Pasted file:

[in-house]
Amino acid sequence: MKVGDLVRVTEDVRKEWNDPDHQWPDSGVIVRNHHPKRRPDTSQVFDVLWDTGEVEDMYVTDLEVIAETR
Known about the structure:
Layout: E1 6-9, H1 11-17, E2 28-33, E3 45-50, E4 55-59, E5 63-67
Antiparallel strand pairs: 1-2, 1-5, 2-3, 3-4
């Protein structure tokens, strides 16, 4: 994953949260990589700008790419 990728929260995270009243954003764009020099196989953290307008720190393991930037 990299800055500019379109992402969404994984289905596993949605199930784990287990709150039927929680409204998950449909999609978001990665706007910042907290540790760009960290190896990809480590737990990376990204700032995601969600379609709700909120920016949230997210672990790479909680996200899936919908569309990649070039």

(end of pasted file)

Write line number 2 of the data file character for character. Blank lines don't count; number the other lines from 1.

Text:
Amino acid sequence: MKVGDLVRVTEDVRKEWNDPDHQWPDSGVIVRNHHPKRRPDTSQVFDVLWDTGEVEDMYVTDLEVIAETR